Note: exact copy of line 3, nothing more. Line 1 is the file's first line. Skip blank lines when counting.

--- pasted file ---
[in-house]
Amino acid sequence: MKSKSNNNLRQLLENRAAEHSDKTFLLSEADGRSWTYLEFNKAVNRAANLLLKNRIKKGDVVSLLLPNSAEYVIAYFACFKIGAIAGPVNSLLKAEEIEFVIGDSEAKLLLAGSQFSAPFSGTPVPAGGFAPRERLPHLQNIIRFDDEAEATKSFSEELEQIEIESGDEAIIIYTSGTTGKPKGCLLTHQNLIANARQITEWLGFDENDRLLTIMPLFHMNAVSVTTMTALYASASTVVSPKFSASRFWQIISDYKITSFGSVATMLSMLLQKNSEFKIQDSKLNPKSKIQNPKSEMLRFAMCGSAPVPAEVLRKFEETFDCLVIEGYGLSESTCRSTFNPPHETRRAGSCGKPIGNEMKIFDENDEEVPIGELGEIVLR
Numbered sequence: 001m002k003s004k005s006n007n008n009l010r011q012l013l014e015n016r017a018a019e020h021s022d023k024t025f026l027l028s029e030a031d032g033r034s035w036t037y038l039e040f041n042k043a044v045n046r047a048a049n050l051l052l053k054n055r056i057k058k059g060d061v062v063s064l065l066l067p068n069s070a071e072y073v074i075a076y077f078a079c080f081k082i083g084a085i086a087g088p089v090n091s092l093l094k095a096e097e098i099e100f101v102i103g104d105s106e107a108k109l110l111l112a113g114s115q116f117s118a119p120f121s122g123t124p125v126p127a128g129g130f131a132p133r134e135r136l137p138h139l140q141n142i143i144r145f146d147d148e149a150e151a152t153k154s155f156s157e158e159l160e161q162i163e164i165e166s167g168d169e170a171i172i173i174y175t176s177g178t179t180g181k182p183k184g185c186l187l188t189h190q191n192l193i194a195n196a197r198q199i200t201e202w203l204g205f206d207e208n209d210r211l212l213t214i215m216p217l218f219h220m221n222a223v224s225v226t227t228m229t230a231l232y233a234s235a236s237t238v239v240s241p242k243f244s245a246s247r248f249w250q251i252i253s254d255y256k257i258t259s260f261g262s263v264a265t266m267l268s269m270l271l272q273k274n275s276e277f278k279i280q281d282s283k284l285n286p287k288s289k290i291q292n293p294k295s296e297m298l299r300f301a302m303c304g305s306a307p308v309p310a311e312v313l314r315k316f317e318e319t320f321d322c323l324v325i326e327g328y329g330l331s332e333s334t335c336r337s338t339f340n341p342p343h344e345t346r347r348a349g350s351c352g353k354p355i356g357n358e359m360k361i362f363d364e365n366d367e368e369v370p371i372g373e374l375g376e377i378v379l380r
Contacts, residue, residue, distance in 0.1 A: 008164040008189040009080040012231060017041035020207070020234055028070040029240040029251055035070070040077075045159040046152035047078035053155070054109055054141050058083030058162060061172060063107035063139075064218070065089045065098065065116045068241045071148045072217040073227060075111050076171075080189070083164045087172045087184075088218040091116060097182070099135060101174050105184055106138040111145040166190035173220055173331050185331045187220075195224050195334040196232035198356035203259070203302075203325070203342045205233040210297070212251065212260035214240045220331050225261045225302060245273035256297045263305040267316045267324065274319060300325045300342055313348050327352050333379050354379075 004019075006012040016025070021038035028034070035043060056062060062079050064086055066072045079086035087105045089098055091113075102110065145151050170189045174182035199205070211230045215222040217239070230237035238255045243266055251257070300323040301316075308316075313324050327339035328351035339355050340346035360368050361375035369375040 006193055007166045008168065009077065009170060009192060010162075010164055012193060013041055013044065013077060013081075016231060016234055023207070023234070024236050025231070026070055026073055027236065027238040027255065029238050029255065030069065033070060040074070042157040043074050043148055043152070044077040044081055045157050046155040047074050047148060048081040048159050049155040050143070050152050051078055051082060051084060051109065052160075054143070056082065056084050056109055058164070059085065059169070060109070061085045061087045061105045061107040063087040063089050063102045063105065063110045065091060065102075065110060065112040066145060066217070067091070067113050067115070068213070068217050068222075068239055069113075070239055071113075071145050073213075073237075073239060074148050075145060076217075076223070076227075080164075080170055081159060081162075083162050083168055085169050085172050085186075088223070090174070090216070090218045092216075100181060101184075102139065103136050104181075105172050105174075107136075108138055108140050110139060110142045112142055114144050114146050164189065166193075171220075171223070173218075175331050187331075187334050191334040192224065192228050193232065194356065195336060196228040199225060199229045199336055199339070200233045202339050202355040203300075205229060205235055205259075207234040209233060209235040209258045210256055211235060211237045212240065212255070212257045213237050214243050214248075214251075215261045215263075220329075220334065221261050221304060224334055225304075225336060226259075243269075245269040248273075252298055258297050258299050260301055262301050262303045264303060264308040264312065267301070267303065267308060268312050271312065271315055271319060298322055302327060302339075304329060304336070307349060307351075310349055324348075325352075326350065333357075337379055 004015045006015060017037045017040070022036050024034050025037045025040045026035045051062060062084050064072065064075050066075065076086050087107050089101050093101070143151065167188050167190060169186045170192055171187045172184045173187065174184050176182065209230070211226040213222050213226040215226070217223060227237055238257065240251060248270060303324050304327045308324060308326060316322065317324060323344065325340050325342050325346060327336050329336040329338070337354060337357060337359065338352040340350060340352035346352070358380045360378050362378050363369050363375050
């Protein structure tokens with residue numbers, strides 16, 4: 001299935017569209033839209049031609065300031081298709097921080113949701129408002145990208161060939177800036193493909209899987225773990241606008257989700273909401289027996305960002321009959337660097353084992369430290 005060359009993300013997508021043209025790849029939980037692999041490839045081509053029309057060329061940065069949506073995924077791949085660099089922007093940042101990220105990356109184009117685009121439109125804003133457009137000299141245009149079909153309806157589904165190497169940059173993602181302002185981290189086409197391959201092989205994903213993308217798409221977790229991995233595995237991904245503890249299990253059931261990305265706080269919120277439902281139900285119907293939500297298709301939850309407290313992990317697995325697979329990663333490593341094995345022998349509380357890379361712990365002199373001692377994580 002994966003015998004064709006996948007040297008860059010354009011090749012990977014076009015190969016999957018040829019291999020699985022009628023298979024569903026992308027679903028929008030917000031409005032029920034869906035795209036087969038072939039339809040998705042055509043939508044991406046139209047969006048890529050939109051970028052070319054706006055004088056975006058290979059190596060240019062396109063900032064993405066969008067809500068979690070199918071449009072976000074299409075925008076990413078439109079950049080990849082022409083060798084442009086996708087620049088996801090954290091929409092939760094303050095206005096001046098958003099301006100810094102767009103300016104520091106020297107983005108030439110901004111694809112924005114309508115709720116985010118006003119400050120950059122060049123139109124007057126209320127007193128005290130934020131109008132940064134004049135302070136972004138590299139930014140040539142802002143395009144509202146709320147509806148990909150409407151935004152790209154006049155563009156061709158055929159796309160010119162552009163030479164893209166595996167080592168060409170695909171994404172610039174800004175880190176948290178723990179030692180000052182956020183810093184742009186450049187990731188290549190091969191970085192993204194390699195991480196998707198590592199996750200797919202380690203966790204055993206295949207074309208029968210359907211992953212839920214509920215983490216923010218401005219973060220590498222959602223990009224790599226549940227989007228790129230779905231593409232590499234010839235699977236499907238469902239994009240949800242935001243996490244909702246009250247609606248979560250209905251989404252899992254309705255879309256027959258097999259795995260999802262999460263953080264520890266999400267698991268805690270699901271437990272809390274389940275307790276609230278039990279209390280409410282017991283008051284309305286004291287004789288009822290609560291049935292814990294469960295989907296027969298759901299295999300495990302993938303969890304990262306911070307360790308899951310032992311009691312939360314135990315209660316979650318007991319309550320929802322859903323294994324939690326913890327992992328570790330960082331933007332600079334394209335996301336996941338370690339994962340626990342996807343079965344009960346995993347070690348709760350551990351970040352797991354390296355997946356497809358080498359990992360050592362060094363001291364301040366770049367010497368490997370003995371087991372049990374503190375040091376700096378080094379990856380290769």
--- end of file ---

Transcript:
Numbered sequence: 001m002k003s004k005s006n007n008n009l010r011q012l013l014e015n016r017a018a019e020h021s022d023k024t025f026l027l028s029e030a031d032g033r034s035w036t037y038l039e040f041n042k043a044v045n046r047a048a049n050l051l052l053k054n055r056i057k058k059g060d061v062v063s064l065l066l067p068n069s070a071e072y073v074i075a076y077f078a079c080f081k082i083g084a085i086a087g088p089v090n091s092l093l094k095a096e097e098i099e100f101v102i103g104d105s106e107a108k109l110l111l112a113g114s115q116f117s118a119p120f121s122g123t124p125v126p127a128g129g130f131a132p133r134e135r136l137p138h139l140q141n142i143i144r145f146d147d148e149a150e151a152t153k154s155f156s157e158e159l160e161q162i163e164i165e166s167g168d169e170a171i172i173i174y175t176s177g178t179t180g181k182p183k184g185c186l187l188t189h190q191n192l193i194a195n196a197r198q199i200t201e202w203l204g205f206d207e208n209d210r211l212l213t214i215m216p217l218f219h220m221n222a223v224s225v226t227t228m229t230a231l232y233a234s235a236s237t238v239v240s241p242k243f244s245a246s247r248f249w250q251i252i253s254d255y256k257i258t259s260f261g262s263v264a265t266m267l268s269m270l271l272q273k274n275s276e277f278k279i280q281d282s283k284l285n286p287k288s289k290i291q292n293p294k295s296e297m298l299r300f301a302m303c304g305s306a307p308v309p310a311e312v313l314r315k316f317e318e319t320f321d322c323l324v325i326e327g328y329g330l331s332e333s334t335c336r337s338t339f340n341p342p343h344e345t346r347r348a349g350s351c352g353k354p355i356g357n358e359m360k361i362f363d364e365n366d367e368e369v370p371i372g373e374l375g376e377i378v379l380r